A scrawker is a blade that will scribe a line in plastic or metal.
The profile of the line is a V, and the scrawker should not raise a burr on either side of the profile. The lines thus raised will either be decorative, planking for example, or to enable the material to be snapped in a straight line.
There are some commercially made versions of scrawkers in the market, one made by Tamiya, which I believe is part of a handle and blade set.
|What I am going to describe here is a very cheap and simple way of making a scrawker blade from a scalpel blade. I use a worn-out No 11 scalpel blade (for use in a No 3 handle) as a blank, but if you use different sizes it will not make much difference. See figure 1.|
You will need an electric grinder with a medium grindstone. You can either use a bench grinder or a stone held in the chuck of a hand held mini-drill.
Place a used scalpel blade into a scalpel handle, which should be a good fit. If it's sloppy and the blade can move about you can get hurt!
For safety, take the sharp edge off by lightly grinding – see figure 2.
|Then shorten the end of the blade as shown by the dotted lines – see figure 3.|
|Now, where indicated by the arrow in figure 4, grind the approximately right-angled indent into the back of the blade.|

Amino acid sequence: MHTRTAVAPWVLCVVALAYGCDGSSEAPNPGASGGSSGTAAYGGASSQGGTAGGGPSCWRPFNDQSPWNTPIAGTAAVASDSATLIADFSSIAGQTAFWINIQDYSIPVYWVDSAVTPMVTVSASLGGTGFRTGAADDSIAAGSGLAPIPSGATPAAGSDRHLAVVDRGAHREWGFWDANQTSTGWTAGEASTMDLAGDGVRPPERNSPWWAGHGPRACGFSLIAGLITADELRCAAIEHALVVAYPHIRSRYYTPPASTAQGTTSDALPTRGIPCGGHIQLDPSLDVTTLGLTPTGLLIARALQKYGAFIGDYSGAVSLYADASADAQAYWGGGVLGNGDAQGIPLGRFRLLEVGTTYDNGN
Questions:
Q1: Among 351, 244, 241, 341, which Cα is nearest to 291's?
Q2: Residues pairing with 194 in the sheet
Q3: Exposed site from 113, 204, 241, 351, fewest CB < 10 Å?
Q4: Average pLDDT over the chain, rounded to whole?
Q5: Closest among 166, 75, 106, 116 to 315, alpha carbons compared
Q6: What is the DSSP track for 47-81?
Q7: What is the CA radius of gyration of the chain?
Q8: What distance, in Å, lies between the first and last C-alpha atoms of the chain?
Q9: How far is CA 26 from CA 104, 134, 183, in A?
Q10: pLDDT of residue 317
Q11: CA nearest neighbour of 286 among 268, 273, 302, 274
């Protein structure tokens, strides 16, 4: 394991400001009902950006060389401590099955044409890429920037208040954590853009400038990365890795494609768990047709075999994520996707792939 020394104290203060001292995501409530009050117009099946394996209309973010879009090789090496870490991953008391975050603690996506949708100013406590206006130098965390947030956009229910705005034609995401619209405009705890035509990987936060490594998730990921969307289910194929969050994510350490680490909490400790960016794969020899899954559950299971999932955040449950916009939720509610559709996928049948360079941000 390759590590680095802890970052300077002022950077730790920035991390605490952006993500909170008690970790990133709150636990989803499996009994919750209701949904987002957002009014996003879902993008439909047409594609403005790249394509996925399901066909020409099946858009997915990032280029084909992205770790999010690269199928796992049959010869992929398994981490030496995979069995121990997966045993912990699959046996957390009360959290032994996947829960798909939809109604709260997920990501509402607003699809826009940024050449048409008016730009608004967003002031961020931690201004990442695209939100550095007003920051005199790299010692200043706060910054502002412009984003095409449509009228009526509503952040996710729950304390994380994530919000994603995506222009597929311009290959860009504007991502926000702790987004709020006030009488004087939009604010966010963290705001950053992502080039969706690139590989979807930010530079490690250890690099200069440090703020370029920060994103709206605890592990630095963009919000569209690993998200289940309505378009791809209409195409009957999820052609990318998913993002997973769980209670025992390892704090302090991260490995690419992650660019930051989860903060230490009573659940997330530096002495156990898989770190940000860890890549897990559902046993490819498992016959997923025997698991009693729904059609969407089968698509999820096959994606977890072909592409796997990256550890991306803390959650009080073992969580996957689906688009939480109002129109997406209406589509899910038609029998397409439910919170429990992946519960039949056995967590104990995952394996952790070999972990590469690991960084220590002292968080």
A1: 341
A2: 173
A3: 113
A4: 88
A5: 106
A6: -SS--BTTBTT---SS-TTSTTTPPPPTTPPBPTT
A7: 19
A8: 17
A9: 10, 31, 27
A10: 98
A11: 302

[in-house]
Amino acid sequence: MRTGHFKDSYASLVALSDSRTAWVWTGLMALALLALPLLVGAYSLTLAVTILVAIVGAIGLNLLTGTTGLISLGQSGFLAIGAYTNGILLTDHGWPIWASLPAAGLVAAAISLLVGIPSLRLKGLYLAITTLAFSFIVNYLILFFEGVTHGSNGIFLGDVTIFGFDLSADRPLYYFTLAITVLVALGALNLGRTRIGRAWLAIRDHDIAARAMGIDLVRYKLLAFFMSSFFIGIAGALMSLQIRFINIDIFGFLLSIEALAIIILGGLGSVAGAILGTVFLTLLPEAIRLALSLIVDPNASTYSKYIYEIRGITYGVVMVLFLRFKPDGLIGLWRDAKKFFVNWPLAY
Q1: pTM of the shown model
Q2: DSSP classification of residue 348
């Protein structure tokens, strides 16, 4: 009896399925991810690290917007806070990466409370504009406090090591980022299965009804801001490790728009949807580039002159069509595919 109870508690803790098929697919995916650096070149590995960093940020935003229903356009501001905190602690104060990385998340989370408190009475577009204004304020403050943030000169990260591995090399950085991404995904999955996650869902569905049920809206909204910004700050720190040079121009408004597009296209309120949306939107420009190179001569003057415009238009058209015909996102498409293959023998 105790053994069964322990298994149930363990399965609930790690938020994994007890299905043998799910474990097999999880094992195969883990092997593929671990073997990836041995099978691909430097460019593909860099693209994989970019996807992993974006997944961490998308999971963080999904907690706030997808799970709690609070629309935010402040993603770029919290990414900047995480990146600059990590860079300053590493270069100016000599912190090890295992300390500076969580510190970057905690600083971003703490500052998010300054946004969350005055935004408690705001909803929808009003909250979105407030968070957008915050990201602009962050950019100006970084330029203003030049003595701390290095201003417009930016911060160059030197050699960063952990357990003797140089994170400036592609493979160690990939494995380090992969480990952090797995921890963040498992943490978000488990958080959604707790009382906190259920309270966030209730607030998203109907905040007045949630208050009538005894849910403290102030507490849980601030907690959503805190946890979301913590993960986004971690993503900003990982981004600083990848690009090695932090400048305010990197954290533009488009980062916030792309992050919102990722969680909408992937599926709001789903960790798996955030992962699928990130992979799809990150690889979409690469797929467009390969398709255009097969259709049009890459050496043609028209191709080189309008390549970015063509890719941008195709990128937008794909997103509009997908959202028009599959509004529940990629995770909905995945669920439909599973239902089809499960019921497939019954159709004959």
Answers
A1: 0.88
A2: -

|The edge marked X should be at right angles to the blade and polished if possible. See figure 5.
The edge marked Y should now be honed to a V profile. This is the shape that the cut will make. You can experiment with the angles to find what suits you. The shapes needed may vary depending on whether you are scrawking to cut and break off some material, or to emboss lines such as planking.
Holding the handle in a normal 'pen' grip with the index finger on top to guide and apply pressure.
Use a steel rule to guide the cut, which is a stroke towards you. The first cut should be quite gentle and the line should be deepened with repeated light strokes rather than one heavy one.
Should the tool become blunt, sharpen it by honing the face marked X. Or make another one.
Good luck and happy modelling.
© Peter Wilson
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